You have a friend who is asking you about this or that cigar. You know that this cigar is right smack in the middle of the medium bodied spectrum and that is what you tell him. But then, much to your chagrin, your friend doesn’t like the cigar because it is too strong. What happened […]
Lately I’ve found myself going for more full bodied cigars; Diesel and Padilla’s Dominus to just name a couple. While those cigars are great – and they are in every sense of the word – it is nice to shake things up a bit every now and then. So, I went to my humidor and eyed this light brown cigar with the simple band.
Construction is nearly perfect. Manuel Quesada, the pater tobaccoist of this cigar, is truly a craftsman. My only quibble, if you can even count it as such, is that there are some minor inconsistencies with the coloring of the wrapper. The wrapper has a nice sheen of oil on it and the tobacco is snugly packed into the cigar.
The cigar that I am smoking, the Fonseca 5-50, comes in a natural or maduro wrapper. For this review I am smoking the natural wrapper version.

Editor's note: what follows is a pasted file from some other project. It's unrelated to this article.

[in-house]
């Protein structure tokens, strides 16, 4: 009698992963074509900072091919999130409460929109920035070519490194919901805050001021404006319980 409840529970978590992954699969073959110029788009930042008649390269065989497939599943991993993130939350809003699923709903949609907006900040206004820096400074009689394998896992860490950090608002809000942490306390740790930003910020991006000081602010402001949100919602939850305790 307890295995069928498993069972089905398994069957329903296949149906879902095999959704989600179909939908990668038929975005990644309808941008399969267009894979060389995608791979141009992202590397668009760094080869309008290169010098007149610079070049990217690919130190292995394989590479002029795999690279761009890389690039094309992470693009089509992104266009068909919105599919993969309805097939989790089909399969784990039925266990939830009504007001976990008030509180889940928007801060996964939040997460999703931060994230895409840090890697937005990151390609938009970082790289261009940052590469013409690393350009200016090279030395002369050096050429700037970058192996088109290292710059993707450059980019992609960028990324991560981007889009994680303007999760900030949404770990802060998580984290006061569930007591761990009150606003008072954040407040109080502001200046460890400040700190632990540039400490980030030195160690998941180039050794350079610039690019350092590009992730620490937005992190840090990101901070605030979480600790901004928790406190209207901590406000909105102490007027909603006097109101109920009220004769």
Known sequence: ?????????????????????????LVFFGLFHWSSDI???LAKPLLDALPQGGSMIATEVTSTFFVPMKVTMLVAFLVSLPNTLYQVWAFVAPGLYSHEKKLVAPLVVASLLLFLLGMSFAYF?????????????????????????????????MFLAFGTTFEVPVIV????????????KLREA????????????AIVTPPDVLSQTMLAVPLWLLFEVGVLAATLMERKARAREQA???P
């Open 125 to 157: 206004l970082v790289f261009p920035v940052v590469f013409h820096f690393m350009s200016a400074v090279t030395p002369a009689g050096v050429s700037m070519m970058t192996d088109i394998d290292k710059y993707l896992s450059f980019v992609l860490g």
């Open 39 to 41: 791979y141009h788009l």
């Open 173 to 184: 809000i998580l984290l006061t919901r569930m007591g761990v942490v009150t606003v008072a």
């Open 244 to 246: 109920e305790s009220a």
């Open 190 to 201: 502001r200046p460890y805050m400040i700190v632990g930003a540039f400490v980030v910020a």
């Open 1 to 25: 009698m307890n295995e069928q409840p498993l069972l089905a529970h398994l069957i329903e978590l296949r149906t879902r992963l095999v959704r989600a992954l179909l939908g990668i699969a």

Ring Gauge: 50
Wrapper: USA (Connecticut Shade)
Filler: Dominican Republic
Price: Box 25 – $95 | Fiver – $25
I accidentally forgot about this cigar a number of months ago and, as a result of that accident, this cigar has had lots of rest and it seems to have aided in the flavor of this cigar. Oak, berry sweetness and some burnt hay. Overall, I’m liking the flavors. Unfortunately, this cigar does have an aversion to staying lit; that’s a pain!
It’s a mild cigar, probably too mild for my liking. The draw is nice and the burn is even (as long as it stays lit!).
After about an inch that sweet berry flavor goes up a couple of notches on the flavor-o-meter. Honestly, this is a weird cigar for me. I guess I like these flavors, they are pleasant, it’s just not exactly my concept of what is a great cigar.